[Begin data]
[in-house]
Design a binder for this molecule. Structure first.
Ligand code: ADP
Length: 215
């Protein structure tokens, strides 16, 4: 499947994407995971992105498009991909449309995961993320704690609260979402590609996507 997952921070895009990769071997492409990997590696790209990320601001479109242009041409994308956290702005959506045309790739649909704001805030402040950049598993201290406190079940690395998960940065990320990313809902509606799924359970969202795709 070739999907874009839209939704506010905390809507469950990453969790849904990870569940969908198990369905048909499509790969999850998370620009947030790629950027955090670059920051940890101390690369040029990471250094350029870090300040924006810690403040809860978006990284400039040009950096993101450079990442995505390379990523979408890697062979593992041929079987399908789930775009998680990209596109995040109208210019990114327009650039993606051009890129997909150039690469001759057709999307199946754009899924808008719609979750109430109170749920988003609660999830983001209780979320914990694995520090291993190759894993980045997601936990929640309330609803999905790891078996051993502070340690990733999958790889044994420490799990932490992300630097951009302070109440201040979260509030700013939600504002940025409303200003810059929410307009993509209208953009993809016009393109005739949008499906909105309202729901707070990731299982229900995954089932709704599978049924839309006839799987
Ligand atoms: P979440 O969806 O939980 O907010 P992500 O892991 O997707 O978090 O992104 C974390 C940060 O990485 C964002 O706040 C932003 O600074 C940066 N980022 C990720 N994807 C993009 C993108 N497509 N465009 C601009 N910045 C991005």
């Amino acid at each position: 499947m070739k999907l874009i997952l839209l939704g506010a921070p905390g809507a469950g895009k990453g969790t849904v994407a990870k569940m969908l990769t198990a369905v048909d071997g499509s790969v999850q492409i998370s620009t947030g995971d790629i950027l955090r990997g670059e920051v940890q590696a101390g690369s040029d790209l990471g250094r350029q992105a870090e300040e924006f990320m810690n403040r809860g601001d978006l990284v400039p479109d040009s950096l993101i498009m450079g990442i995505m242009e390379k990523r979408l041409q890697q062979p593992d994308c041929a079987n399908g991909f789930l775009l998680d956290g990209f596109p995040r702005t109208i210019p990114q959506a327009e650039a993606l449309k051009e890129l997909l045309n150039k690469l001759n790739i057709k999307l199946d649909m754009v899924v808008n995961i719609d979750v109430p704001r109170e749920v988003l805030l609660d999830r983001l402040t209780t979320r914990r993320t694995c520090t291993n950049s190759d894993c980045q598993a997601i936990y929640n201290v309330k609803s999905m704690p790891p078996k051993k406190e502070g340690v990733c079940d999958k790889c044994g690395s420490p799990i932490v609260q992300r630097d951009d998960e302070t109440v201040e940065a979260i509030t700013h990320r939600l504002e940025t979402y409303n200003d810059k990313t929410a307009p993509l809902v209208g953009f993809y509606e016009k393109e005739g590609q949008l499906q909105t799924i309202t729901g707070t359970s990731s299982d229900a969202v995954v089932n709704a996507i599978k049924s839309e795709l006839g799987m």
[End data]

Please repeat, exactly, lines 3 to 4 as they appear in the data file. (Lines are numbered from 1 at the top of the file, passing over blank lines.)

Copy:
Ligand code: ADP
Length: 215